Iva Bittová is a storyteller who rarely uses actual language to convey the emotions of her stories. Singing wordlessly, or using an implied language of her own, she creates intimate, engrossing narratives. David Garland welcomes Iva Bittová to the WNYC Studio to perform and talk about her music. She sings and plays violin simultaneously, sings some songs for voice alone, and with kalimba, drawing chiefly from material on her new ECM album, "Iva Bittová." Plus she tells of living in rural upstate New York, and being a film star in the Czech Republic.
Composer and singer L.D. Brown records as Grey Reverend, and his songs display his reverence for the grey areas of emotion and musical style. David Garland welcomes Grey Reverend to WNYC for this in-studio performance and conversation. Along with songs from his new album, A Hero's Lie, Grey Reverend brings us his thoughts and observations on flawed heroes, skateboarding, racism, songwriting, and much more.
Yoko Ono has always pushed the boundaries of art, culture, and politics. At 80 years old she's still an active, daring artist and musician, and a provocative public figure. Now the controversial legend joins David Garland to present her newest work, the album Take Me to the Land of Hell.
Some songs benefit from being performed with the intimate accompaniment of just a guitar or piano. But there are also songs that need more sonic texture and color; songs that require an orchestra. David Garland presents a variety of new and old songs that use orchestras to enhance their scope, power, impact, and even intimacy.
In this episode of Spinning on Air, David Garland brings Nature Theater of Oklahoma's cast of six singers and three musicians to WNYC to perform two extended excerpts from Episode 1 of "Life and Times." OK Theater's co-directors Pavol Liska and Kelly Copper also join in to talk about their work, and the thoughts and process behind it.
David Garland welcomes Judy Collins back to the show to perform new and old songs, accompanying herself on piano or guitar along with musician Russell Walden, and to speak movingly with Garland about memory, time, family, loss, and love.
The piano, or, to use its full name, pianoforte, earned its name because it can be played both quietly (piano) and loudly (forte). Lately there seems to be a trend toward the quiet side. David Garland presents an hour of pianissimo pianos.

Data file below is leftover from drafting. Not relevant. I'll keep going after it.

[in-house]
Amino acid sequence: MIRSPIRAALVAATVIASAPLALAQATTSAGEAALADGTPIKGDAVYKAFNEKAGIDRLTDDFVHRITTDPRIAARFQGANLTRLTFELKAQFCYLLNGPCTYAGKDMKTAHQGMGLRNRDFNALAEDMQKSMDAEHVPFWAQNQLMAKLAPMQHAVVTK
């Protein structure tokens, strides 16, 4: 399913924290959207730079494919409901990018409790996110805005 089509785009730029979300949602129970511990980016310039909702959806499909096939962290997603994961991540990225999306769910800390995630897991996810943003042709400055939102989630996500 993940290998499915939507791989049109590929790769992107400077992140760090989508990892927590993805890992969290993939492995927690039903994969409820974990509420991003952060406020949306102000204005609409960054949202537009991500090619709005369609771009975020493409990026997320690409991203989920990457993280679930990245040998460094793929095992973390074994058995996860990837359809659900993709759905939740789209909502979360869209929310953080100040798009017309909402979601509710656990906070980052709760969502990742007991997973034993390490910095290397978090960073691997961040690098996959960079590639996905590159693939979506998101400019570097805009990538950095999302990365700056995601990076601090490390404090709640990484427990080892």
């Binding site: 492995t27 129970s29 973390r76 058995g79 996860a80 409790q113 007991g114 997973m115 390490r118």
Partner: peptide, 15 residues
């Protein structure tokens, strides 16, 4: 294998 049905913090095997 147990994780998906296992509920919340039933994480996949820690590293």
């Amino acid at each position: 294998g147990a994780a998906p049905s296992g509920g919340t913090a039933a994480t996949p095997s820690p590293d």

This is the music of gradual change. A piano piece that runs for nearly six hours. Pensive. Music that sweeps the listener along into an elegiac exploration of gentle tonal and rhythmic shifts. This is November by Dennis Johnson. Several years ago La Monte Young gave composer and writer Kyle Gann a wobbly cassette transfer of Johnson's 1962 performance of a portion of November. Gann realized that the history of Minimalism needed to be rewritten to acknowledge November as one of its starting points. Gann joins David Garland to tell how his fascination for and curiosity about November led him to transcribe the old cassette, get in touch with Johnson, and create a full realization of the piece, which has now been recorded by pianist R. Andrew Lee. We hear about the piece, and hear excerpts from this multi-hour quiet explosion of ideas.
Climb into the cello. Make yourself comfortable. Feel the vibrations engulf you as the instrument is played. Your entire world resonates.
It's always good to have a goal, and to feel like you know where you're headed, but, as they say, the real joy and adventure is in the journey itself. David Garland presents some music that takes us places and provides some beauty and mystery in the process of getting there. New music is heard from French composer Olivier Longre, Glaswegian troubadour Alasdair Roberts, and Princeton professor Dan Trueman, along with oldies by The Beach Boys and The Cryin' Shames, and more